On Tuesday, Eritrea’s Biniam Girmay made history when he “won the 10th stage of the Giro d’Italia, the sport’s second-biggest event,” making him the “first Black African cyclist to win a stage of one of the Grand Tours.”

His win is even more remarkable when you consider that fact that just four miles before the finish line, Girmay took a wrong turn. Fortunately, he was able to recover “to win a closing sprint against the more experienced and decorated Dutchman Mathieu van der Poel, who gave a sporting thumbs up when his rival crossed the line.” Upon finishing the race, Girmay said, “It’s unbelievable.”

Even though Girmay only began cycling in 2015 after his cousin introduced him to the sport, his ascent to the top has been rather swift. Three years later in 2018, he became a junior African Champion, and another three years later, “he came in second in the under-23 category at the world road racing championships—the best finish ever for a Black African cyclist” in 2021. In March of this year, he achieved yet another first when “[h]e became the first Black African to win a race on the World Tour, at Ghent-Wevelgem in Belgium.” To date, Girmay is “ranked 31st in the world…[and] is the only African in the current world cycling top 100.”

Over the course of his career, Girmay has gained “a reputation as a savvy rider, whose fearlessness, agility, and control helped him recover his position on Tuesday and break free from the pack in the sprint. His team, Intermarché-Wanty, is considered a second-tier outfit, but Girmay has had them punching way above their weight,” Slate reports.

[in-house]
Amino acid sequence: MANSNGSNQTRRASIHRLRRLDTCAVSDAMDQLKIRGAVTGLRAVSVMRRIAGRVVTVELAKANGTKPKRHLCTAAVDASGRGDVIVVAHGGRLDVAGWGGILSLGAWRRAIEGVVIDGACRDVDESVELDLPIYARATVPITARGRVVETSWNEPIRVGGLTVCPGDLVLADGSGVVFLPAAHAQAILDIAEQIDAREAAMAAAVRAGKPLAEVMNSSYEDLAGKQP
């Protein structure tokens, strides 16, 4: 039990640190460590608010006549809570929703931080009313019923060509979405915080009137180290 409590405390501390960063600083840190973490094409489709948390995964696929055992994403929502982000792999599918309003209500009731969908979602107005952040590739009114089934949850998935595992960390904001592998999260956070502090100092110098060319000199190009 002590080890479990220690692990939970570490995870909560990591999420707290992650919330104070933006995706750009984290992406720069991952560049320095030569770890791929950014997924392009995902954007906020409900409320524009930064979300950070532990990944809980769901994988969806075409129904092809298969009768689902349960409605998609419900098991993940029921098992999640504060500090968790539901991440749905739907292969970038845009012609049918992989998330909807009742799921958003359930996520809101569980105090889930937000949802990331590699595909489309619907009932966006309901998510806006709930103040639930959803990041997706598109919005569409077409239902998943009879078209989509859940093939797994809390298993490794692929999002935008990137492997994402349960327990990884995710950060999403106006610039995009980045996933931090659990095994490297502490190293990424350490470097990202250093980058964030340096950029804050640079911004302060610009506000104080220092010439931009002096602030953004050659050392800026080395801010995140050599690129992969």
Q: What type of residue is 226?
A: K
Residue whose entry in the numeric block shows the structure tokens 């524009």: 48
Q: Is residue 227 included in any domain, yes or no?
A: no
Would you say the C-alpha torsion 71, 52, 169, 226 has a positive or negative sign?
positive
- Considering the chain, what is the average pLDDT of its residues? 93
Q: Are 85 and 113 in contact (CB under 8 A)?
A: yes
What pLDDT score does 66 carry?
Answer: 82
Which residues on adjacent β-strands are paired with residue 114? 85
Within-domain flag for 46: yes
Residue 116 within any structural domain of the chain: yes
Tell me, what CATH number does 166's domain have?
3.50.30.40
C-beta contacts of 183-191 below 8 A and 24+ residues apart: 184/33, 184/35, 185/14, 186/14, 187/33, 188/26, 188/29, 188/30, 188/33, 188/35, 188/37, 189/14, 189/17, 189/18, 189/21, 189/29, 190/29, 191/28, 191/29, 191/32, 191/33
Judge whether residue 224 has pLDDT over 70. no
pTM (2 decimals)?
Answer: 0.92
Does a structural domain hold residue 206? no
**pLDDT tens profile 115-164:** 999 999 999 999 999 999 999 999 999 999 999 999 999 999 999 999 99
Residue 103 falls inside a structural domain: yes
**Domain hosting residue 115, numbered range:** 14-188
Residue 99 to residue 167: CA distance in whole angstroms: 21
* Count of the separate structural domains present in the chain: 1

Just two weeks before the race, Girmay was “intent on making history…racing [in] his first Grand Tour and ‘first big stage race’ of any kind.”  In a bit of foreshadowing, at a Giro press conference, 22-year old Girmay said, “It’s the dream of all cyclists to win a Grand Tour…specially the Tour and Giro, the biggest races. A Black rider has never won a stage of a Grand Tour. So it’s a big ride.”

Girmay is no stranger to pressure and understands that when he cycles, he is racing for himself, in addition to his country, and representation within the broader sport of cycling, especially when considering that at the elite level of the sport, cycling pelotons, which are the main body of riders during a race, are “overwhelmingly white. Most riders are European, with some North and South Americans thrown in. No Black Africans even competed in the Tour de France until 2015, when Girmay’s countrymen Daniel Teklehaimanot and Merhawi Kudus took part.”

Unfortunately, Girmay will not be moving onto the 11th stage of the Giro d’Italia and withdrew from the race after “a prosecco cork exploded into his left eye on the podium…[and he] suffered a hemorrhage in the anterior chamber of his eye.” Ironically enough, two weeks ago, van der Poel out-sprinted Girmay, taking the victory during the first stage of the race, and ended up launching “his Prosecco cork right into his own face.”

However, this latest freak accident has caused race organizers to tweak their “‘Prosecco protocol’ in light of Girmay’s injury,” and have started removing the Prosecco bottle corks ahead of the celebrations at the podium.

There could be a silver lining to all the chaos—as Eurosport reports, “[t]he one positive for Girmay is his unfortunate withdrawal could mean a call-up to the Tour de France, with his from in Italy suggesting he is capable of starring on cycling’s biggest stage.”

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